Jeff: Physical work. This is one of the best. It’s amazing what digging a ditch can do for my world view. The only danger here is one of procrastination. Make sure this isn’t one of those “I’ll organize the Tupperware THEN do the pardiddles” sorts of projects. Make sure that it has a specific benefit for you, a friend, stranger, or the world at large.
Brent: I have found the kind of slow, blue times you are feeling are often our bodies way of preparing for something extraordinary. Take stock and begin building your energy now, because you will need it all shortly. Who knows what is coming your way, but I bet it is big.
Kenny: The good news is, it only gets better from here. For me, it largely has to do with perspective. Things are not really going my way either at this current moment . . . but the blessings in my life far outweigh the success of my site and my journey. Years ago, in my business life, I stopped staring at the brick and began looking at the brick wall. Perspective. Know too that there is a plan for your life. One that you may not understand fully at this time, but one that will have you smiling looking back on this post and this moment.
Ryan: Sometimes I find one of the better things to do is get some solitude and silence. Go somewhere by yourself and don’t do anything, or have any extras (music, cell phone, etc), and just be. Somewhere an old book says “In quietness and trust is your strength…”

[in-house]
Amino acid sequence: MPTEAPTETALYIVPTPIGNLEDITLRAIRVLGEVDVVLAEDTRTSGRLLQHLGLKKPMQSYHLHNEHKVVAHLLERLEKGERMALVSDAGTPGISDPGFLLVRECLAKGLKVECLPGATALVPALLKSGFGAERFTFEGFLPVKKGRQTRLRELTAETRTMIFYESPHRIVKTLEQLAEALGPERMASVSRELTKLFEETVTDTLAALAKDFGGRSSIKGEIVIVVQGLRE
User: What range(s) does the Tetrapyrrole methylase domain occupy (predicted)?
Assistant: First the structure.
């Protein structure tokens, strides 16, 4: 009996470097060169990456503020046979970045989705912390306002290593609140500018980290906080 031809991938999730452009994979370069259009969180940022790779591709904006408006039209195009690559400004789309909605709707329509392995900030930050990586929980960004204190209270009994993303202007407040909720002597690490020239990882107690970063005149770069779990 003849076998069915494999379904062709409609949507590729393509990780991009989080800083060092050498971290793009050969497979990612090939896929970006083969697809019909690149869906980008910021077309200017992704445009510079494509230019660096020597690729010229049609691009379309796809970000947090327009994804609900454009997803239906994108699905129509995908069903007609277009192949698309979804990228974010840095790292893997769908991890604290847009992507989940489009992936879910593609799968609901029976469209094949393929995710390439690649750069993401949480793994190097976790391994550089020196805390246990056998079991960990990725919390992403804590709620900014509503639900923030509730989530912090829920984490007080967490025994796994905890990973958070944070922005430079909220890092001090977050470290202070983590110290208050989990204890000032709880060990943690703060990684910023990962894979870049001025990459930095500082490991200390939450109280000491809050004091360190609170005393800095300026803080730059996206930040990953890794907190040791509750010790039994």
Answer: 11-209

Jillyn: When Blue Days hit me, I go back to The Basics. I’m actually pretty confident that these are The Basics because at various times in my life, they have been expressed to me in some form or another by friends, voice coaches, books, and counselors. They are: 1. Adequate sleep. 2. Good nutrition and hydration. 3. Physical activity. 4. Social interaction. 5. A spiritual practice/Self-reflection. Be gentle with yourself. This too shall pass.
David: We all get tired of doing what’s expected of us and routine can become an anchor pulling us down. Vacation is usually what gets me out of a funk and it doesn’t have to be an immediate one, but one in the future. I like to have something to look forward to and to dream about. We all need a break from the frenzy of life.
Minimalist4Life: What do you say we simply take it 1 day at a time. Let’s enjoy Christmas and New Years and come January….we can refuel and start fresh.
Thank you again and again to Jeff J., Emily, Matt, Linda, Rose, Don, Stacy, Lee, Carla, Donna, Laura, Ruth, Jeff M., Brent, Kenny, Ryan, Jillyn, David, Catherine, Maria & everyone else who offered their insight and support!
Merry Christmas to you all!
(photo by Redvers)